City considering sending charter amendments to ballot for second judge

During their Aug. 2 meeting, City Commissioners will conduct a public hearing on amending the city charter to add a second municipal judge, which requires a vote on the November ballot.

Commissioners will consider a resolution to send that question to the ballot.

The city charter established a judicial branch with a Municipal Court in which all misdemeanor criminal, traffic and municipal code infractions within the city are prosecuted.

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It’s a court of record under Montana law and has always consisted of a single elected judge in Great Falls.

Several years ago, the commission adopted a budget with additional funding to allow sitting Municipal Court Judge Steve Bolstad to hire a part time judge to assist in the caseload.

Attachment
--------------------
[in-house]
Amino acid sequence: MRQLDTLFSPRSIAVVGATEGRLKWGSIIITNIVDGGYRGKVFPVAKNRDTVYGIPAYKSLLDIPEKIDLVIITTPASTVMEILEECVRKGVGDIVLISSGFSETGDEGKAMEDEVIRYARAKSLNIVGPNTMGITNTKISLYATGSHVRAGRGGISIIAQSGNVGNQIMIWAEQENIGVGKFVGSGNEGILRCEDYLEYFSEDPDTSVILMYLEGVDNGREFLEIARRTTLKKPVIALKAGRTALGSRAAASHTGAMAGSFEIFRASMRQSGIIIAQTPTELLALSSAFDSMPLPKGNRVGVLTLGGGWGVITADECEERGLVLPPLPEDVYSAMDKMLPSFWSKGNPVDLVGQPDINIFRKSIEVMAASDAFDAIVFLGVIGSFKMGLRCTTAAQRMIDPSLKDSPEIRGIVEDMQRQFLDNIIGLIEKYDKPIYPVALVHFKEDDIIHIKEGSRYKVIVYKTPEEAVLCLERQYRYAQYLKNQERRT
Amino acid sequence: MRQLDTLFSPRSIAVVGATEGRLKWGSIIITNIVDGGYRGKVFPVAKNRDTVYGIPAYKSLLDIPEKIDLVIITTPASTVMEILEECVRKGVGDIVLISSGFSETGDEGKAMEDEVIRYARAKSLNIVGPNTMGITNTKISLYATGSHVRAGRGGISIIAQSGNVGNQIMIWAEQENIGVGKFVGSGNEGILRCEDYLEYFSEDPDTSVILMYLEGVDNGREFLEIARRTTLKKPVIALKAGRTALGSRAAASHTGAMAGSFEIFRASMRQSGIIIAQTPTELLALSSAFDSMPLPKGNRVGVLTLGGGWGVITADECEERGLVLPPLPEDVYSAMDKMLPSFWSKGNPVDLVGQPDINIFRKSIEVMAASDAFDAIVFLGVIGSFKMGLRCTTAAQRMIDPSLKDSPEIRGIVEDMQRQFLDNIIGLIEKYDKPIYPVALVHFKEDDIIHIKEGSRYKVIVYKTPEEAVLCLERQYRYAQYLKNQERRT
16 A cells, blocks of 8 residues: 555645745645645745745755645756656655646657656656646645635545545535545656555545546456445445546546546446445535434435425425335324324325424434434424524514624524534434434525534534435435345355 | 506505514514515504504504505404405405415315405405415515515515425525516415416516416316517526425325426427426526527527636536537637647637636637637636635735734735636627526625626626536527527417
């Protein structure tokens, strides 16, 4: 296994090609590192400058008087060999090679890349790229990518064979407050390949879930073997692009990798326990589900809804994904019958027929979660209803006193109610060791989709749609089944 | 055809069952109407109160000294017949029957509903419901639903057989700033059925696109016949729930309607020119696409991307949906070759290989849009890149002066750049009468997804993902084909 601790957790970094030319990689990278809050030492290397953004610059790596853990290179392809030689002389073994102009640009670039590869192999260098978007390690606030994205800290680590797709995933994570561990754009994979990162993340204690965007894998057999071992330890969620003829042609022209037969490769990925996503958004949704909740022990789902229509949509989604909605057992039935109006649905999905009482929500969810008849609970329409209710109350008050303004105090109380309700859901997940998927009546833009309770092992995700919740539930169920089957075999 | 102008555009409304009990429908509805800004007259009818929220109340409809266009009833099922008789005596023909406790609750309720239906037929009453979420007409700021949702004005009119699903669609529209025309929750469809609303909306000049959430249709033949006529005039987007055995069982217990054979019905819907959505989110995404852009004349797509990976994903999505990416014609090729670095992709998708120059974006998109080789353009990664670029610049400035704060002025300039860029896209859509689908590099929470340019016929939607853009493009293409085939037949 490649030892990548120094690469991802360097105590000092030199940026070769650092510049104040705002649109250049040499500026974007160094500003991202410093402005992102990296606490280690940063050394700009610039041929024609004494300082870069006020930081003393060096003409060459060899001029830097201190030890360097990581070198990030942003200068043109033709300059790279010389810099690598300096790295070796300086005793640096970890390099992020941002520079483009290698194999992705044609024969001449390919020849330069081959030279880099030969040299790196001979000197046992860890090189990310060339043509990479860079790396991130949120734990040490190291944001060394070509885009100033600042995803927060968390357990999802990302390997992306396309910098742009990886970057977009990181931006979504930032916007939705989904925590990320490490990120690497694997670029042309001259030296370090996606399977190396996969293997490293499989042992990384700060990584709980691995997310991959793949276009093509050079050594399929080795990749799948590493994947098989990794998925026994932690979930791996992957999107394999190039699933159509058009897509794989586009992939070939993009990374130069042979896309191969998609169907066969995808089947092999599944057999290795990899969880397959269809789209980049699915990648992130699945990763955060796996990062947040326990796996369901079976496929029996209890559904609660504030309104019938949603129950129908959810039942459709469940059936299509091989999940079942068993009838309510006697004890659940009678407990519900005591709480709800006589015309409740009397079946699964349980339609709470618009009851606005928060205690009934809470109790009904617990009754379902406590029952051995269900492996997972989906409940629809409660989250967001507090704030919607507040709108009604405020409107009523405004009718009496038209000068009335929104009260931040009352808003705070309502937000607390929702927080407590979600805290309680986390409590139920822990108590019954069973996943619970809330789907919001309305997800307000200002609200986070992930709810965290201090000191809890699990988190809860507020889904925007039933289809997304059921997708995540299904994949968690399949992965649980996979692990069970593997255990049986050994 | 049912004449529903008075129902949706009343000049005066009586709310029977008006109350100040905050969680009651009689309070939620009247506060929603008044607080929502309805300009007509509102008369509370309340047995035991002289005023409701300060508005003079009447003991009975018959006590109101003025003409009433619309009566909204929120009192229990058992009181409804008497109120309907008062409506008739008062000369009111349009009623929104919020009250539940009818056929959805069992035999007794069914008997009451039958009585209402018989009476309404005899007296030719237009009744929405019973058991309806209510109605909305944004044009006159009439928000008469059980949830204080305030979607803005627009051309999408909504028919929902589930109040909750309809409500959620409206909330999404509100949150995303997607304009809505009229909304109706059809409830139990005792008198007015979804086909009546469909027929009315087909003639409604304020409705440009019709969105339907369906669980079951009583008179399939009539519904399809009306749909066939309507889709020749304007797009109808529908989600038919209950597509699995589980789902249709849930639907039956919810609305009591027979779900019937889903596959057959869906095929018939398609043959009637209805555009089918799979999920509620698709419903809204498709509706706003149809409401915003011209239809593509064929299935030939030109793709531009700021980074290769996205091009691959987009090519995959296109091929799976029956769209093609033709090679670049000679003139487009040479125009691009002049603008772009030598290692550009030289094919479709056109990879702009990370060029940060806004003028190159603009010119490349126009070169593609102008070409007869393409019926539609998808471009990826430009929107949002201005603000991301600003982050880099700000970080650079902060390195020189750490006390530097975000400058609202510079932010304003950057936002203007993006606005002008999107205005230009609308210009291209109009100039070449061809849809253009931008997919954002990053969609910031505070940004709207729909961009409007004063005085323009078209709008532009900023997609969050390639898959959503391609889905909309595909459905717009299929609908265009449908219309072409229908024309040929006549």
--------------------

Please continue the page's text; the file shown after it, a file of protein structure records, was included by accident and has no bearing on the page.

The 2021 Legislature changes those rules and enacted a requirement that all municipal court judges be elected.

Montana law states that the city commission sets the number of judges required to operate the municipal court by ordinance but the city’s current charter states there will be one judge.

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If commissioners decide to send the question to the November ballot, voters will be asked if they want to amend the charter to remove the restriction from 1986 calling for a single municipal court judge.

That would allow the commission to add a second elected judge by ordinance, City Attorney Jeff Hindoien said.

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Commissioners already adopted a budget that include additional court staffing in anticipation of adding the second judge.

City charter amendments require a public vote under state law.

Expanding the Municipal Court was also a recommendation from the city’s crime task force.